July 19, 2023
- as seen by -Stephanie Graehling
Have you ever wondered what happens to zoological animals if they acquire a cut or lesion? Just like humans, all animals are prone to various injuries and illnesses throughout their lives. Animals require many types of care and training that prepare them to calmly participate in their own health care.
A few months ago, 23-year-old, 550-pound California sea lion (Zalophus californianus) Osborn that lives at the Wildlife Conservation Society’s New York Aquarium participated in a voluntary biopsy of a lesion he had on his upper back. For several weeks, staff had noticed an area of his skin, where the fur had not been growing, looked irritated. Upon examination by our veterinary staff, several topical treatments were applied to try to help the area heal. After a few months, the veterinary team decided to get a sample of the area to see what was going on under a microscope.
I started training sessions with Osborn to familiarize him with each step of the biopsy process. Fortunately, Osborn was already a pro at many of the husbandry and medical behaviors we train with our animals for this very reason. Very reliably, he voluntarily presents different body parts for examination, and has routinely participated in radiographs, vaccinations, ultrasounds, eye drops, and even blood draws.
For the procedure, Osborn would be injected with lidocaine, a local anesthetic, around the wound site. To prepare for this, I utilized the same training that Osborn was familiar with for receiving a vaccine but did it around the wound. Osborn never showed signs of discomfort for any of his training. I also prepared him for pressure on the wound. I utilized different objects to press down on that part of his body to try to replicate the pressure of the biopsy tool. After several weeks of training, Osborn was ready. The entire process went very smoothly and was a success.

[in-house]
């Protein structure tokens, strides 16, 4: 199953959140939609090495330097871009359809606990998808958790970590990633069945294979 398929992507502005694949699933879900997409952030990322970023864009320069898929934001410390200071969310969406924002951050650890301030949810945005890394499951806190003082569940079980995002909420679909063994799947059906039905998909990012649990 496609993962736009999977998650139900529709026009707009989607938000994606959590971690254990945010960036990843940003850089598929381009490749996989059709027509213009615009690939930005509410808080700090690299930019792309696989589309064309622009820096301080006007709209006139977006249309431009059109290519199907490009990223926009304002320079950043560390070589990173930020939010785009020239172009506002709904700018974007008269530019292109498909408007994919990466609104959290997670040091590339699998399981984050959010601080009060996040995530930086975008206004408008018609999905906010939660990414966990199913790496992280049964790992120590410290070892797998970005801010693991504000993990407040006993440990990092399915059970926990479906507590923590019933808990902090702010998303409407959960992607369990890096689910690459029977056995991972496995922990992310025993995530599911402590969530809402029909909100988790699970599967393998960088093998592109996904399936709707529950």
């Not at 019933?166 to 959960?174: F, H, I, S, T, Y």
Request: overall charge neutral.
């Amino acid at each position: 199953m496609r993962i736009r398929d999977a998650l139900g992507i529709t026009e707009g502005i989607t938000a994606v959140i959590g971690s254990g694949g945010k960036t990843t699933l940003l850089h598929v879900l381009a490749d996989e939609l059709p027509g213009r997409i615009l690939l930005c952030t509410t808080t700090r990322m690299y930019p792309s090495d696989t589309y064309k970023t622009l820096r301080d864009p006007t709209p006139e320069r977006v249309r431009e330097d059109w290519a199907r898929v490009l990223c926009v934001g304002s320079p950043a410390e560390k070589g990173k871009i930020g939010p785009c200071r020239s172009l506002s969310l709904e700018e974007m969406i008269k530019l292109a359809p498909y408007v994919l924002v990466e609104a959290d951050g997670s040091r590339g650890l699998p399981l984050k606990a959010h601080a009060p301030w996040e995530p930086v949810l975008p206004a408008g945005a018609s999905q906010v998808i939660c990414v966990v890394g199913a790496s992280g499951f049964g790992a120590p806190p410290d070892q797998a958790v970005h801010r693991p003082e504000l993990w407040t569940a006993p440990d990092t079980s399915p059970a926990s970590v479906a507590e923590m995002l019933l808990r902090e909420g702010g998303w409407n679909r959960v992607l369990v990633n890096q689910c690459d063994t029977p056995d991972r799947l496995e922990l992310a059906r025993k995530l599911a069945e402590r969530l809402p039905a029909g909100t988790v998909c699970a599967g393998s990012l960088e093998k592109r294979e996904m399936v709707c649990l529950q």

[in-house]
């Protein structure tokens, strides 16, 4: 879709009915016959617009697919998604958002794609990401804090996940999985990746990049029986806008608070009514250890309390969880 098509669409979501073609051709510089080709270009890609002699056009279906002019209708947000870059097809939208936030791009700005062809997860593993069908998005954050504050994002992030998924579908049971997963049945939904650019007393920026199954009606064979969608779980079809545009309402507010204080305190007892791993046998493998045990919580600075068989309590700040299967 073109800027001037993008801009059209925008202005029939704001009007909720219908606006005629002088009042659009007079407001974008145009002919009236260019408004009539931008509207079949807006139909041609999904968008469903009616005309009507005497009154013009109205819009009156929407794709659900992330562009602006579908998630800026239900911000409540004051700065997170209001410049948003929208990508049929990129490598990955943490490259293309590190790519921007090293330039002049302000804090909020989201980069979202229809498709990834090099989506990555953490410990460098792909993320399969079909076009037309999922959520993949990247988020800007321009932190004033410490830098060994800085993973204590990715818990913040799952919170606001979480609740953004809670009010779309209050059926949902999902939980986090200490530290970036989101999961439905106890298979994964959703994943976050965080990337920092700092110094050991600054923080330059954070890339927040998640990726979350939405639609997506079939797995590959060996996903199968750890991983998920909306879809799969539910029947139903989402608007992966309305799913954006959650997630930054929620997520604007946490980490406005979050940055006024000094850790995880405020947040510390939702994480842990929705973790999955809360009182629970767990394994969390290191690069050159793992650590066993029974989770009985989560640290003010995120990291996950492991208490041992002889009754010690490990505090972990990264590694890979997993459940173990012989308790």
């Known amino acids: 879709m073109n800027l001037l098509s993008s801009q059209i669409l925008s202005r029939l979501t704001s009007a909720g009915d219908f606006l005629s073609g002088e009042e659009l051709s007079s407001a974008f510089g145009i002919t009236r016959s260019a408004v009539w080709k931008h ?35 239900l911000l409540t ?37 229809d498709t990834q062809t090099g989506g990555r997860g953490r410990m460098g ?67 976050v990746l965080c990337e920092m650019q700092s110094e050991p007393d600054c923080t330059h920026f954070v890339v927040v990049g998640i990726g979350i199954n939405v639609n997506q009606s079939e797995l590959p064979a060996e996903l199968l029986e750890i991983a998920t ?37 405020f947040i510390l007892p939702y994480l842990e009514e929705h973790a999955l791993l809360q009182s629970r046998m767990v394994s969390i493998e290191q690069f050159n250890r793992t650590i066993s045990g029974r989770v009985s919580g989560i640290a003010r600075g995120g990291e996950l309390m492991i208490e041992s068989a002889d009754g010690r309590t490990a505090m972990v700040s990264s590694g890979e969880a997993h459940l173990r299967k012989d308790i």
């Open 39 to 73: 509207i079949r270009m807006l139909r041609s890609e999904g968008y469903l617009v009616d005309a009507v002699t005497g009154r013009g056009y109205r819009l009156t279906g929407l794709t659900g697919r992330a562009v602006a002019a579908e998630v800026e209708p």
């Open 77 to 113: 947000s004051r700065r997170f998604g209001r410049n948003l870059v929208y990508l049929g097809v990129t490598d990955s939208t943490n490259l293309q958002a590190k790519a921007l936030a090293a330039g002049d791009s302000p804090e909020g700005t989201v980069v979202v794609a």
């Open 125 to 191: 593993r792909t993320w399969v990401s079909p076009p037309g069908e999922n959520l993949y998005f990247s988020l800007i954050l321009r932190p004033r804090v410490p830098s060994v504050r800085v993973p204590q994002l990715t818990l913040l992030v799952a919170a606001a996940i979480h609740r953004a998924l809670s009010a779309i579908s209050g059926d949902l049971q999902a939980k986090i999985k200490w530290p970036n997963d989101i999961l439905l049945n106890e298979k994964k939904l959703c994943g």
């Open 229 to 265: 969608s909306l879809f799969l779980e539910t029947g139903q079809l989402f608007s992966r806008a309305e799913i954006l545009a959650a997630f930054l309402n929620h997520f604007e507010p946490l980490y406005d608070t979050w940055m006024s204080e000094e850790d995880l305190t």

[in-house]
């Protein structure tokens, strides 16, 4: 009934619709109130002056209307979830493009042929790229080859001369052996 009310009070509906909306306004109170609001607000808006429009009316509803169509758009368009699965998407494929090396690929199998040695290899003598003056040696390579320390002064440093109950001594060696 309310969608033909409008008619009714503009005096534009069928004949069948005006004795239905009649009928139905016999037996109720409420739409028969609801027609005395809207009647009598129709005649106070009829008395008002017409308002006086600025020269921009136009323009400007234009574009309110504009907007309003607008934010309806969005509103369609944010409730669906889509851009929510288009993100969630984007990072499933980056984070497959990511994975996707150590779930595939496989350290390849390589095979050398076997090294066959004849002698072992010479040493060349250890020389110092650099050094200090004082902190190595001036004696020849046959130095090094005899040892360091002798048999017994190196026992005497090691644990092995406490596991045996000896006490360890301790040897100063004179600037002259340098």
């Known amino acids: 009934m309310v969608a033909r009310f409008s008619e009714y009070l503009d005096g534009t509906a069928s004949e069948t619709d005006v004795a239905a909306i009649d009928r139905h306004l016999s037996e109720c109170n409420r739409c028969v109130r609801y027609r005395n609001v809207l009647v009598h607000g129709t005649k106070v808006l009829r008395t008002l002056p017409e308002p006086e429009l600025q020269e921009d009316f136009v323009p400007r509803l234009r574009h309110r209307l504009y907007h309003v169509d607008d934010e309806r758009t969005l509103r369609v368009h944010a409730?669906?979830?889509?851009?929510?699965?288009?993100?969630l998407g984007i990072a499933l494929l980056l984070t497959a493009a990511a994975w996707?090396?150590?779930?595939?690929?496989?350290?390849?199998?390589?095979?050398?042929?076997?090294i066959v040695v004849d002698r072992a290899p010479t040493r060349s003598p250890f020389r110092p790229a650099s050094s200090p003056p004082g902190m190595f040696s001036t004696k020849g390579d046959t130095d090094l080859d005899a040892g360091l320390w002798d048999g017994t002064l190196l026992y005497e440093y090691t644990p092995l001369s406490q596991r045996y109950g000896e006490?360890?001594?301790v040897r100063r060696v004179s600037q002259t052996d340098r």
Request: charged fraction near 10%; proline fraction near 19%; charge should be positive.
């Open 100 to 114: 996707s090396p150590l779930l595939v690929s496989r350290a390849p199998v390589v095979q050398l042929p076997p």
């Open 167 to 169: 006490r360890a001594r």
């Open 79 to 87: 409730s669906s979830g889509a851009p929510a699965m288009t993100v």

First, Osborn was asked to lay out on his belly so that we had clear access to the wound site on his back. The veterinarian injected lidocaine in several locations around the wound. We allowed 10 minutes for the lidocaine to take effect to minimize any pain associated with the biopsy. Next, the veterinary staff cleaned the wound and area around it thoroughly while Osborn continued to voluntarily lay comfortably and still. After cleaning, the veterinarian then took the biopsy tool, which looks much like a pen, and pushed it into the center of the wound. This created a circular cut. The biopsy piece was then lifted with tweezers and a final snip was made with scissors. The veterinarian took a swab of the exposed area. Lastly, the veterinarian applied gel foam to control bleeding. Osborn was a rock star throughout the entire process.
It took a few weeks for the veterinary team to receive results from the biopsy and ironically, the wound started to slowly heal. The results from the biopsy determined that it was recurring trauma in the same spot. Whatever caused the wound was never determined. It continued to heal until his skin was of normal color, and he began his seasonal molt (losing fur and growing new fur). New fur began to grow in the wound location.
Osborn is a great example of the training that is possible with animals. It is truly limitless. Knowing all these medical behaviors is key to Osborn living a healthy life. He is such a gentle soul and trusting of his trainers. He teaches us so much about patience. We feel that he teaches us more than we teach him. Working with him every day is truly an honor.
EDITOR’S NOTE: This week is National Zookeeper Week, a time to recognize our keepers’ hard work, conservation efforts, and passion in caring for animals. Check out our WCS keepers in this video produced by the WCS video team.